This invention utilizes a delivery system that allows for a biologically relevant moiety to be delivered to a desired cell by utilizing a transporting agent that binds two receptors expressed by that cell. This decreases the toxicity that is shown by the active compound by delivering it only to a targeted cell.
The current invention utilizes an endosome disrupting agent that is appended to one targeting moiety and a biologically-active agent that is appended to a second targeting moiety. The endosome disrupting moiety allows the biologically active elements on the second targeting moiety to be released from endosomes into the cytosol. The dual targeting technology can consist of aptamers, cholesterol like moieties, DNA, and/or proteins such as antibodies. The targeting nature of the appended moieties allow for therapeutic agents to be used without the side effects of killing normal, healthy cells.
The targeting agents can also be amended by adding imaging agents to the chemical moiety. This approach enhances the specificity of the compounds for a specific cellular target.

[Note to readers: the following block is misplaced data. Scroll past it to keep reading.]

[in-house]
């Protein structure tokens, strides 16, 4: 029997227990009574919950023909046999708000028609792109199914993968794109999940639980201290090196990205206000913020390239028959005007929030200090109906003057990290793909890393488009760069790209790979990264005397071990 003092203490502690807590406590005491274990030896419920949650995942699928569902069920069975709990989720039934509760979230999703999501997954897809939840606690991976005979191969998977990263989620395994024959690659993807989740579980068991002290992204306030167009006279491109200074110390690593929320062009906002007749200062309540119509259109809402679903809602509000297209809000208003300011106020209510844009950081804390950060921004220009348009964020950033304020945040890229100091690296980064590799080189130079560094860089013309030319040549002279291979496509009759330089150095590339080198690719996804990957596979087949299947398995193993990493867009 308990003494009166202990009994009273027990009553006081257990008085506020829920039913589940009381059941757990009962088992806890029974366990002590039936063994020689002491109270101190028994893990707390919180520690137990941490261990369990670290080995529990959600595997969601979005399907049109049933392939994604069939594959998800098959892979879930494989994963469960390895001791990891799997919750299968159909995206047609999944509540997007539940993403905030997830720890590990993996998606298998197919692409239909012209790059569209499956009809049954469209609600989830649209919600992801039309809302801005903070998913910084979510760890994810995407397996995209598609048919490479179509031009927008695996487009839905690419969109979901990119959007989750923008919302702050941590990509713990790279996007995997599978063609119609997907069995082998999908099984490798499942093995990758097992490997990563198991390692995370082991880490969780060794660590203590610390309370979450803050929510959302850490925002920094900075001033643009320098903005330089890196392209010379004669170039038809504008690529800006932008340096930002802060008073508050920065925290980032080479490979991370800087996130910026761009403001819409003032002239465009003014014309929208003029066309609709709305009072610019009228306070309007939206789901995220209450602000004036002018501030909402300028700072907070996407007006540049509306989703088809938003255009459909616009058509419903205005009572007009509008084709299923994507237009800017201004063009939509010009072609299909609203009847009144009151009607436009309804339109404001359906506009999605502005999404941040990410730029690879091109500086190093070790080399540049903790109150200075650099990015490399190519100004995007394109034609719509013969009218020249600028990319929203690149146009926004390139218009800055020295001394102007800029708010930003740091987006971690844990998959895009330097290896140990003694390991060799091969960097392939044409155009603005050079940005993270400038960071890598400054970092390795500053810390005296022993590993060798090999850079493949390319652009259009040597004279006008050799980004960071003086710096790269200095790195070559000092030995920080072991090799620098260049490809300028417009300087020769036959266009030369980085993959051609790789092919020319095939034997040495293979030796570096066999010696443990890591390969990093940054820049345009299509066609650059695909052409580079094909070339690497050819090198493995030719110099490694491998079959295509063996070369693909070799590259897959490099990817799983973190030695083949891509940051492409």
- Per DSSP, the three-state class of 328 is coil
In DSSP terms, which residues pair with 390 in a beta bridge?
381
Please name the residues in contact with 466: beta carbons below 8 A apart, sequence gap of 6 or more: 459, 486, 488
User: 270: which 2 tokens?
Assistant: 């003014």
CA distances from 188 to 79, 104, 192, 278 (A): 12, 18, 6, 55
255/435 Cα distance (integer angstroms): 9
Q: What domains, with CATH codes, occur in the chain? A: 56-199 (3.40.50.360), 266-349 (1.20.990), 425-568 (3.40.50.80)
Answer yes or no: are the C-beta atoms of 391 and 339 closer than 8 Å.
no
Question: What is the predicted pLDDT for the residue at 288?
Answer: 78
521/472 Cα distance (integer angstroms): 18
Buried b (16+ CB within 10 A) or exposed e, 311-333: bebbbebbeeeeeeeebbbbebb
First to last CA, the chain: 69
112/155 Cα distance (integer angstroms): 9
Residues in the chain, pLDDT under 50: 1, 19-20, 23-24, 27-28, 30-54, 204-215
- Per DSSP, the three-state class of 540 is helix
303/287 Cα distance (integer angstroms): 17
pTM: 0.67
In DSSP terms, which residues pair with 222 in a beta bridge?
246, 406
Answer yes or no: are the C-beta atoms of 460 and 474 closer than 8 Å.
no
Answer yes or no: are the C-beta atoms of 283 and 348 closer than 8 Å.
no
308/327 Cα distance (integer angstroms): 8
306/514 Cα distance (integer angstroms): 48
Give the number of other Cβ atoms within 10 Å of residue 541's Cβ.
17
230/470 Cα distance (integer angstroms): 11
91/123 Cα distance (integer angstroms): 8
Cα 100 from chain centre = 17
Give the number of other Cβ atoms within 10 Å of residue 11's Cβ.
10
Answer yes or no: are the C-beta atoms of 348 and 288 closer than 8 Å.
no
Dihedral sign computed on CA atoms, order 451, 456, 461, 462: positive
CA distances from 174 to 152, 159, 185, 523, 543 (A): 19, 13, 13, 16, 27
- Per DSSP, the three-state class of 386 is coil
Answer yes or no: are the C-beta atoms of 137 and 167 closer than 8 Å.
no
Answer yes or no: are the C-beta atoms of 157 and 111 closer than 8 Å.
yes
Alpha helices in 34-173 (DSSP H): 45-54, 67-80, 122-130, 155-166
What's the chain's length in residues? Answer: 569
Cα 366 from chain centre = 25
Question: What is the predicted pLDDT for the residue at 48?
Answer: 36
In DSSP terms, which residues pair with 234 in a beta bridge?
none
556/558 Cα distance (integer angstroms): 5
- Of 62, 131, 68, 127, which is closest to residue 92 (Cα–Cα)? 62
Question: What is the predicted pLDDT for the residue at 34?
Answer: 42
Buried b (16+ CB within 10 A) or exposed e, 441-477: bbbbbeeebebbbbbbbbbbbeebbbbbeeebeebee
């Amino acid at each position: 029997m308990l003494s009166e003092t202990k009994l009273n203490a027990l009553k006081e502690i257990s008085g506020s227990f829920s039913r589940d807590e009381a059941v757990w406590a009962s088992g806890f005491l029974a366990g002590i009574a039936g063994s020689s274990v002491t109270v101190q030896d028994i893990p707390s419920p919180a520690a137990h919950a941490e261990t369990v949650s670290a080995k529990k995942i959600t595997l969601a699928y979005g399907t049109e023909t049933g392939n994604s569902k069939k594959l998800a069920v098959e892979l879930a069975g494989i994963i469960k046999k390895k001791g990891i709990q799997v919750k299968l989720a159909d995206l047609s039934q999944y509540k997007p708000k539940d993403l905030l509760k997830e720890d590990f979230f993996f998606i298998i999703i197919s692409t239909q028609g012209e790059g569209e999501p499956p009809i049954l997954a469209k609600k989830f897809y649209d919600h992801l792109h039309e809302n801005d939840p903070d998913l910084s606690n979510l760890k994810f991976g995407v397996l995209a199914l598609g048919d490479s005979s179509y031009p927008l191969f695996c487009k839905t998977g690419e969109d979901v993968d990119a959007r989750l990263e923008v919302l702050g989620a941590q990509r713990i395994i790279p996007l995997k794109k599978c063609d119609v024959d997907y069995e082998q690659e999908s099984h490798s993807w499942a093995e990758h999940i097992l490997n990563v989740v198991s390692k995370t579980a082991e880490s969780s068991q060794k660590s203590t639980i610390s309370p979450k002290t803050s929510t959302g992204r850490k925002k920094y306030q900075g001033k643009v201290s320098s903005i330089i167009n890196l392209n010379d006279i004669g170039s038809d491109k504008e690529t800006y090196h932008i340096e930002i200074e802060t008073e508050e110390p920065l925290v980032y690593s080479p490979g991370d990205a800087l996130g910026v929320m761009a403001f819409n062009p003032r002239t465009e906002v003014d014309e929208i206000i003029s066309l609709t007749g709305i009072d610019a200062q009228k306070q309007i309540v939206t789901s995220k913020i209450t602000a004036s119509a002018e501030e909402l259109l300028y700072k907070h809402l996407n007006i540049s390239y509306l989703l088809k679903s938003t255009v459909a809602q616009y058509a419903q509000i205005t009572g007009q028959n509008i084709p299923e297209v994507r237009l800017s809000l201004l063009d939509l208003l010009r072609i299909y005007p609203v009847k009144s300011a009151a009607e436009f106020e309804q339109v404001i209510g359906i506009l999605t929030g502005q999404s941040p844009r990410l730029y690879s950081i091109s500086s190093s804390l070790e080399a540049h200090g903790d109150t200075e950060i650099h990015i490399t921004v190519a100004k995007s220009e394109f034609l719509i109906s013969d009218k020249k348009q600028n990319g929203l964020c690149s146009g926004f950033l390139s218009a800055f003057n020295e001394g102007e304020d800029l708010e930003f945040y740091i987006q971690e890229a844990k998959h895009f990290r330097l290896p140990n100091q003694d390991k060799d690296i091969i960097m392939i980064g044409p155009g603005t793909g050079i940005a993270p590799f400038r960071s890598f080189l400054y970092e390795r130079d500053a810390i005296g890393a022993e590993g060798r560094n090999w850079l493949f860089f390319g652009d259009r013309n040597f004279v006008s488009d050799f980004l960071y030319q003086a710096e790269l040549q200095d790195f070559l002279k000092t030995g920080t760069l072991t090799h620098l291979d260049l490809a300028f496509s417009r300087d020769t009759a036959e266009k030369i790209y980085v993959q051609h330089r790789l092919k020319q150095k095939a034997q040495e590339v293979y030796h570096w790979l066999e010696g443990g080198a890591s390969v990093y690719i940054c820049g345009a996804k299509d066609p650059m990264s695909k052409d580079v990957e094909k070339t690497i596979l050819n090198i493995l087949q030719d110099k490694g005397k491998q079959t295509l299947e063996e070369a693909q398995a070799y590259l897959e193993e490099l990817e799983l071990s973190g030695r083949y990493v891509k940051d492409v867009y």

The current invention allows for the targeted uptake and cellular release of the therapeutic agents that can be used in chemotherapy, anti-viral therapy, cellular imaging, and other biological functions.
The current invention targets receptors such as those overexpressed in cancer cell lines. By selectively targeting these receptors, the exposure of therapeutic agents to diseased cells is increased.
By increasing the availability of the therapeutic agents to diseased cells, the overall dosage can be decreased. The decrease in dosage is allowed because of the increased efficiency in getting the agent to the desired target.
The current invention is advantageous when compared to current targeted therapy because it has a dual targeting system. Current targeted therapies target a single receptor which can also be expressed in healthy cells. By creating a separate moiety for a different target the efficacy of drug delivery is increased.
In addition to chemotherapeutic activity, the current invention can also be used as a delivery molecule for imaging agents and/or anti-viral agents.